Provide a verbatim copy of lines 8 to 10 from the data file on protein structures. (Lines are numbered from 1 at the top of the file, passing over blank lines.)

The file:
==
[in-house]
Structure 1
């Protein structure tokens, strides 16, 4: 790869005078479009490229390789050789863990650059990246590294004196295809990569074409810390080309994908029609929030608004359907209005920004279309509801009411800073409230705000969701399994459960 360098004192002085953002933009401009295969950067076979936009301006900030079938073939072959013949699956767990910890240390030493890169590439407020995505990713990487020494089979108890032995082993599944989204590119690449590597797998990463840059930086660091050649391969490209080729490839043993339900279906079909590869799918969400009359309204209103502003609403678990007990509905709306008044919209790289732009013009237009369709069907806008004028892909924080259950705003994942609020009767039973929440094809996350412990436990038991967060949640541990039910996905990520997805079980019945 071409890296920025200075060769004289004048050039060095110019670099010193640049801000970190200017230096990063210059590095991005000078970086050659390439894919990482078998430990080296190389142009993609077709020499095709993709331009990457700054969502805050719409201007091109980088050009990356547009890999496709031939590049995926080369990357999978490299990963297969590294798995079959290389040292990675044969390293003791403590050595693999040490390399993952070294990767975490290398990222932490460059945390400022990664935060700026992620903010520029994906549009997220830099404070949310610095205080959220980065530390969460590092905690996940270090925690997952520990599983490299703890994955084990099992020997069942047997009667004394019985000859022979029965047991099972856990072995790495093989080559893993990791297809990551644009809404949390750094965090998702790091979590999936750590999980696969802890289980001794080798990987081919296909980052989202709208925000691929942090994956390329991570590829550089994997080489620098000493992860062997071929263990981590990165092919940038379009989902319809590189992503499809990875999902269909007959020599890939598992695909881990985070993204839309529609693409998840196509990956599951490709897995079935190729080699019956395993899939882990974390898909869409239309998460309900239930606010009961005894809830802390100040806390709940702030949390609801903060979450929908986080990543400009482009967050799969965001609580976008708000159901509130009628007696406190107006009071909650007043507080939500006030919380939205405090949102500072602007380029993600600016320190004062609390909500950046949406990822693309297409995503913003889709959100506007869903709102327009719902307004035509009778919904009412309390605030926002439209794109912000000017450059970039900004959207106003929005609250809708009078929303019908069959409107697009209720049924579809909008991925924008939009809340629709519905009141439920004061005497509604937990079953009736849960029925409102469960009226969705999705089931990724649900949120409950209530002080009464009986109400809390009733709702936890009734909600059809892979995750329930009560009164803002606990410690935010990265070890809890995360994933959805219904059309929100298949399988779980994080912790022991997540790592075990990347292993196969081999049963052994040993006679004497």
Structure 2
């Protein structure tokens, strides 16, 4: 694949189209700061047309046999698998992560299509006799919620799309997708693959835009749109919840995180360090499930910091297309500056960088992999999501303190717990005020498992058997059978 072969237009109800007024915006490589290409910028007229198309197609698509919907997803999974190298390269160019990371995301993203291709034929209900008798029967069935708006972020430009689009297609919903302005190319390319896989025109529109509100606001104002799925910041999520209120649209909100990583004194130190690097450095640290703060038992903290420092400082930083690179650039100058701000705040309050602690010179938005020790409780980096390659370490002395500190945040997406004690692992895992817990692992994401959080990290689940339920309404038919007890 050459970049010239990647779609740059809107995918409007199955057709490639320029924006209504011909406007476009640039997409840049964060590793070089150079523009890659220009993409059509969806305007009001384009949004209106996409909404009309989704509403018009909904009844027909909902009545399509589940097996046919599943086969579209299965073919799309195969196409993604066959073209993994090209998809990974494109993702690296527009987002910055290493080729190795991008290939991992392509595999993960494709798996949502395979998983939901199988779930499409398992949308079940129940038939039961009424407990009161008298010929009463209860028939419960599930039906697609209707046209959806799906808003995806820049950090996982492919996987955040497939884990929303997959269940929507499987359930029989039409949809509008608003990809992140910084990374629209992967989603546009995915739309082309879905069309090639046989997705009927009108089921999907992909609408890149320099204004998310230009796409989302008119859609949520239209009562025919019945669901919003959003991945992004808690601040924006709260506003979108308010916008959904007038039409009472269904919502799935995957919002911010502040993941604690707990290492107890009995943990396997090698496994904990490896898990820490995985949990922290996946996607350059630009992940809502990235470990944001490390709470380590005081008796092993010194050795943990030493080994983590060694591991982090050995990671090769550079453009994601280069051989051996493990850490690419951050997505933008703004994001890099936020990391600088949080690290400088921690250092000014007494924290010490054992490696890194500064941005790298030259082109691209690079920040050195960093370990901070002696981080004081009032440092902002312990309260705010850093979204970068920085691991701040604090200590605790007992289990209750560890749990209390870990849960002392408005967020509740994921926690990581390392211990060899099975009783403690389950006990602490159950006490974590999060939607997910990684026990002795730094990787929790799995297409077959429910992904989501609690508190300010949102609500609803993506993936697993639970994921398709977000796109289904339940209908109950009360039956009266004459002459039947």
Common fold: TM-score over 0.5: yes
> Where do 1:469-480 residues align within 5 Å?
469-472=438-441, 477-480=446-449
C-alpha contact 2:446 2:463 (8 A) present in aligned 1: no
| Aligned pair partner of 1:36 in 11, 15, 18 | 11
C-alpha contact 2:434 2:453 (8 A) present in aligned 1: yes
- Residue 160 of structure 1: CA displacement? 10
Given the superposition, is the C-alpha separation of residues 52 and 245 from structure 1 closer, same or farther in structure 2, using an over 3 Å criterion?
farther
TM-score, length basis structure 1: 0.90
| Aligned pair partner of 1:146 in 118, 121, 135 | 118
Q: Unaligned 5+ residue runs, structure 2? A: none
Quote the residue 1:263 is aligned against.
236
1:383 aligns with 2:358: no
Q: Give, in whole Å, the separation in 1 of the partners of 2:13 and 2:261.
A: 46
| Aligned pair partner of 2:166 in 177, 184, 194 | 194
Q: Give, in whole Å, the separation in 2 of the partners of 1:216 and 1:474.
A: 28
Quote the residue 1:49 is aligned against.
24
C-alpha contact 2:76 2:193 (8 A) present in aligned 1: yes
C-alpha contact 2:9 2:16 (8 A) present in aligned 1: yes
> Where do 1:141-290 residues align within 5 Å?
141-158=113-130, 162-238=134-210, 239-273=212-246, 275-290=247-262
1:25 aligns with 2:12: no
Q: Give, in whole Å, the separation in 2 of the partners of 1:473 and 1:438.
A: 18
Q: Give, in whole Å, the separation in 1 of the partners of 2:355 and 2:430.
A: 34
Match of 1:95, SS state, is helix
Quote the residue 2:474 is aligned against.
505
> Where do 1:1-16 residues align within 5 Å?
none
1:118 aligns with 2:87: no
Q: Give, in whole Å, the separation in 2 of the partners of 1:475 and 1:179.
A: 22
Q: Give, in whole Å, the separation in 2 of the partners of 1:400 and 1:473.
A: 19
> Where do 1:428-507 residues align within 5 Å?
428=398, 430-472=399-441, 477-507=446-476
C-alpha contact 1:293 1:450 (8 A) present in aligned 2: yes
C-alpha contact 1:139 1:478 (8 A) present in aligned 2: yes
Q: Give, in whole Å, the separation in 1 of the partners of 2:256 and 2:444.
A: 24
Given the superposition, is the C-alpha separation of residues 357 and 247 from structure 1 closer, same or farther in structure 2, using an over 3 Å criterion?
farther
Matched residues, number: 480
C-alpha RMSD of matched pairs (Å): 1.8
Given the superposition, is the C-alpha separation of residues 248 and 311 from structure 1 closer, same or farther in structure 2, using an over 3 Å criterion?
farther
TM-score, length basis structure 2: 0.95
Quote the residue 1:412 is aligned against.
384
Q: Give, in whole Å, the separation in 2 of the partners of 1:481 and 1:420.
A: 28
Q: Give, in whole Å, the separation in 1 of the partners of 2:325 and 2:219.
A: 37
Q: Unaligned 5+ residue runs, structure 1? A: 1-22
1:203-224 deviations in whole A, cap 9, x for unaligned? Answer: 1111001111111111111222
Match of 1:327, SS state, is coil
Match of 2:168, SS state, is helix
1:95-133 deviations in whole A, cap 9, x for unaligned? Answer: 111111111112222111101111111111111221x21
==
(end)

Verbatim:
469-472=438-441, 477-480=446-449
C-alpha contact 2:446 2:463 (8 A) present in aligned 1: no
| Aligned pair partner of 1:36 in 11, 15, 18 | 11